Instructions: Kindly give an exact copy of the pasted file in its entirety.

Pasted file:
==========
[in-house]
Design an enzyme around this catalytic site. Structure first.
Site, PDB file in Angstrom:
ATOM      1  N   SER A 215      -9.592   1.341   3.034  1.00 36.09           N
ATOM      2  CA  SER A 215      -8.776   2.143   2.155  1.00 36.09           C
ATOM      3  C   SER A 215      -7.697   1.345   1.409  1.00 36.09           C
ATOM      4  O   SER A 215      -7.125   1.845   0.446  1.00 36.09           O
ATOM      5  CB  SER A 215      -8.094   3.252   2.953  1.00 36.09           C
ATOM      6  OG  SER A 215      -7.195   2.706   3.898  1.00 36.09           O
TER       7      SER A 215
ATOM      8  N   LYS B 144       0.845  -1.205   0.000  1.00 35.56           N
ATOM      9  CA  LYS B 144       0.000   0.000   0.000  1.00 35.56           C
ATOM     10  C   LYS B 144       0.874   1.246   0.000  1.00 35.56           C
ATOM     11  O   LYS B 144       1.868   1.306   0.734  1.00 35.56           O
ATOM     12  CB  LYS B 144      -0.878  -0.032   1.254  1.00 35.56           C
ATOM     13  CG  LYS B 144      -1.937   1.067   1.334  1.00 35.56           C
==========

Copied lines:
[in-house]
Design an enzyme around this catalytic site. Structure first.
Site, PDB file in Angstrom:
ATOM      1  N   SER A 215      -9.592   1.341   3.034  1.00 36.09           N
ATOM      2  CA  SER A 215      -8.776   2.143   2.155  1.00 36.09           C
ATOM      3  C   SER A 215      -7.697   1.345   1.409  1.00 36.09           C
ATOM      4  O   SER A 215      -7.125   1.845   0.446  1.00 36.09           O
ATOM      5  CB  SER A 215      -8.094   3.252   2.953  1.00 36.09           C
ATOM      6  OG  SER A 215      -7.195   2.706   3.898  1.00 36.09           O
TER       7      SER A 215
ATOM      8  N   LYS B 144       0.845  -1.205   0.000  1.00 35.56           N
ATOM      9  CA  LYS B 144       0.000   0.000   0.000  1.00 35.56           C
ATOM     10  C   LYS B 144       0.874   1.246   0.000  1.00 35.56           C
ATOM     11  O   LYS B 144       1.868   1.306   0.734  1.00 35.56           O
ATOM     12  CB  LYS B 144      -0.878  -0.032   1.254  1.00 35.56           C
ATOM     13  CG  LYS B 144      -1.937   1.067   1.334  1.00 35.56           C